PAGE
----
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A post on an IREX “global libraries” blog from 2011 sums up the many of the problems with Egypt’s public libraries of recent years — a few giant, pretty institutions with decent funding — such as Biblioteca Alexandrina, the al-Ma3di library — that are largely cold and inaccessible (and in affluent areas), rather than a larger number of community libraries.
In Egypt, occasionally non-governmental organizations have stepped forward to create neighborhood libraries. Last year, the Arab Network for Human Rights Information (ANHRI) launched an initiative to establish five public libraries in under-served neighborhoods. While they don’t look as pretty as the Biblioteca Alexandrina, they get inside neighborhoods and bring books to people.
Read more about it at: http://arablit.wordpress.com/2013/06/22/design-for-baghdads-new-mega-library/
The great green room and the purple crayon are here; so are the wild things and the poky puppy, Charlotte’s web and Alice’s wonderland, the very hungry caterpillar and the stinky cheese man. It is a reunion of creatures, characters and creations, gathered from memories of childhood and parenthood, and celebrated in “The ABC of It: Why Children’s Books Matter,” a remarkably rich new exhibition at the New York Public Library.
Author Ray Bradbury moved to Los Angeles in 1934 and spent the rest of his life on the West Coast, but his fondness for Waukegan IL never dissipated.
After his death, in June of last year, library officials learned Bradbury had bequeathed his personal book collection to the County Street facility. It's no small gift.
"Every room had a bookshelf overflowing," said Rena Morrow, the library's marketing, programming, and exhibits manager. The collection contains some books that could be valuable, such as first editions of noted works or autographed books, Morrow said.
The library also stands to receive copies of books Bradbury wrote, including some in foreign languages. The collection's value is being appraised.
The library may receive some of Bradbury's personal belongings, too.
"We'd like to get one of his typewriters," library Executive Director Richard Lee said. "He had four."
for your Monday entertainment... Britain's Cascade Dance Company at the Tunbridge Wells Library in "Big Dance Library Project", recorded in the summer of 2012.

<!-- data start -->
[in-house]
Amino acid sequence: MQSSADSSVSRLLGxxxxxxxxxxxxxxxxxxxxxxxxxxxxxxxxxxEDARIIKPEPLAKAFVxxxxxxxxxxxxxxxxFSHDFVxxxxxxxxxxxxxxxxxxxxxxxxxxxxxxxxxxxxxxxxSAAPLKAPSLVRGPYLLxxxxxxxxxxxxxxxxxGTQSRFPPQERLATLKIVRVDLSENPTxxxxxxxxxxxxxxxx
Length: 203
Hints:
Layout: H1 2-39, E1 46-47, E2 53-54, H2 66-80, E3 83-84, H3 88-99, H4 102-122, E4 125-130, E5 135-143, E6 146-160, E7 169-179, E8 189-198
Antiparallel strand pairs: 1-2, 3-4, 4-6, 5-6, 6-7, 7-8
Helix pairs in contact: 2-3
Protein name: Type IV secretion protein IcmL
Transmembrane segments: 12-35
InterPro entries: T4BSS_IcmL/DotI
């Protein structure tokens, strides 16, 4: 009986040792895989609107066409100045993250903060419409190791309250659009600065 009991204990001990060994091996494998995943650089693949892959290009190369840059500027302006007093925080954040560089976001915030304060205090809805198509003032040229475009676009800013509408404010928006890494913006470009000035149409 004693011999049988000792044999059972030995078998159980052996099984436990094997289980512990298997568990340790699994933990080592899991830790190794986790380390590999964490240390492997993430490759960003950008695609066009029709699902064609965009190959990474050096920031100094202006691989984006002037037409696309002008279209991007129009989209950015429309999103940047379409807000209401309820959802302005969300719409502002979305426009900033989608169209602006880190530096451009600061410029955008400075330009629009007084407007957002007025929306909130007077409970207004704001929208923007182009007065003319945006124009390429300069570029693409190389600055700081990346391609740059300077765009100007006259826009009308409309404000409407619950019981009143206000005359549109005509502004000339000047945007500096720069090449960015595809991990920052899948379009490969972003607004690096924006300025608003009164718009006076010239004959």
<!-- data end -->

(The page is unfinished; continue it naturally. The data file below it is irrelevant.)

In the interviews that [Library Director Deb] Lissak gave Friday afternoon, the words “misunderstanding,” “miscommunication,” and “communication errors” were used repeatedly. Whose misunderstanding? Whose miscommunication? Whose communication errors?
The Urbana (IL) Free Library is facing scrutiny after the director, Deb Lissak made a "made a unilateral decision to weed books in the print collection by date alone," ignoring established criteria and without the knowledge of the Adult Services Director, Anne Phillips. Anecdotal reports indicate that the adult non-fiction collection has been weeded 50-75% and that the titles have been shipped to Better World Books
According to Mary Ellen Farrell, Board of Trustees President, a “conscious effort” was made “to find the most efficient way to get [the library] up to par as far as RFID tagging and … for the most usable [and] efficient things that … our library needs to have here as a core collection, and to identify things that are easily accessed, either from other libraries … or online.”
At least three staff members reported to Phillips that they were instructed to "[weed] as quickly as possible, even at the level of going through a range in 30 minutes of 2,000 titles.” That’s less than one second per book.
The details of this story are at Smile Politely.
There’s been a bizarre finding on Long Island’s East End, behind the East Hampton Public Library. A black-painted terra cotta head with a woman’s bust partially showing has been found, and nobody appears to have a clue on who may have placed it there, why it was placed there or who the woman depicted in the statue is.
... the BiblioTech library will have 100 e-readers for loan, and an initial selection of 10,000 digital titles. The library itself will have a host of computer stations where patrons can study, use the Internet, and learn computer skills.
Meanwhile, readers at home can check out e-books without leaving the couch. It's estimated that the library's services will reach about 1.7 million people in Bexar County, which includes San Antonio. The BiblioTech project is designed to supplement the existing city library system.
We've heard of "virtual" libraries before, but what I find interesting about this is the emphasis on e-readers for loan, not just computer terminals or digital holdings. However, I have to wonder how 100 e-readers are meant to serve a population of 1.7 million. I assume that's just a starting point, but I'm fascinated to see how this model develops and what it will mean for other public libraries and managing digital readership.
Edited to add - "Anonymous" in the comments below is absolutely right to call me out on using "without books" when I meant "paperless." --Amy
The four-month-old Shelby White and Leon Levy Information Commons replaced the branch’s media section, providing a wood-paneled center with space for 70 laptop users, a 36-seat classroom and 7 meeting rooms, including a digital studio with green screen, microphone and video equipment.
It quickly became popular with freelance writers and other creative minds, but its uses have been quite varied, like as a safe space for immigrants to learn about the naturalization process and for parents to hold meetings about charter schools. And yes, even as a warm environment for a wedding.
“This is a sanctuary. It’s beautiful,”
An interesting letter to the editor from Sonia Collins about replacing a public library.
Don’t sell and shrink our libraries. They are the stuff of democracy.